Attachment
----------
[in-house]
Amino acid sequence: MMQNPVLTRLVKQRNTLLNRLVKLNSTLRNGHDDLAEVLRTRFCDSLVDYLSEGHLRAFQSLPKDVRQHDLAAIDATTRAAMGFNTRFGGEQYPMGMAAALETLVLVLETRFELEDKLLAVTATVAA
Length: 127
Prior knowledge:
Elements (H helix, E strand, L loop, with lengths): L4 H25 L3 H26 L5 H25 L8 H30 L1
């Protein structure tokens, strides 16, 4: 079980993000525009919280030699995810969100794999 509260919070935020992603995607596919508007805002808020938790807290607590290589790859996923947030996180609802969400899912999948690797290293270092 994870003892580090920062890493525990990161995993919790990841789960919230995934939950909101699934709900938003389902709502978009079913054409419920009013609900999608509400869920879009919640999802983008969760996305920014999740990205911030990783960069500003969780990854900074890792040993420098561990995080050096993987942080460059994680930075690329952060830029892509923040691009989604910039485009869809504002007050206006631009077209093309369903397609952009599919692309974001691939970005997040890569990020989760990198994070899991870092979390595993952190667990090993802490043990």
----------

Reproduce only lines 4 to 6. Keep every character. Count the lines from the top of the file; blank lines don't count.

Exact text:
Prior knowledge:
Elements (H helix, E strand, L loop, with lengths): L4 H25 L3 H26 L5 H25 L8 H30 L1
């Protein structure tokens, strides 16, 4: 079980993000525009919280030699995810969100794999 509260919070935020992603995607596919508007805002808020938790807290607590290589790859996923947030996180609802969400899912999948690797290293270092 994870003892580090920062890493525990990161995993919790990841789960919230995934939950909101699934709900938003389902709502978009079913054409419920009013609900999608509400869920879009919640999802983008969760996305920014999740990205911030990783960069500003969780990854900074890792040993420098561990995080050096993987942080460059994680930075690329952060830029892509923040691009989604910039485009869809504002007050206006631009077209093309369903397609952009599919692309974001691939970005997040890569990020989760990198994070899991870092979390595993952190667990090993802490043990």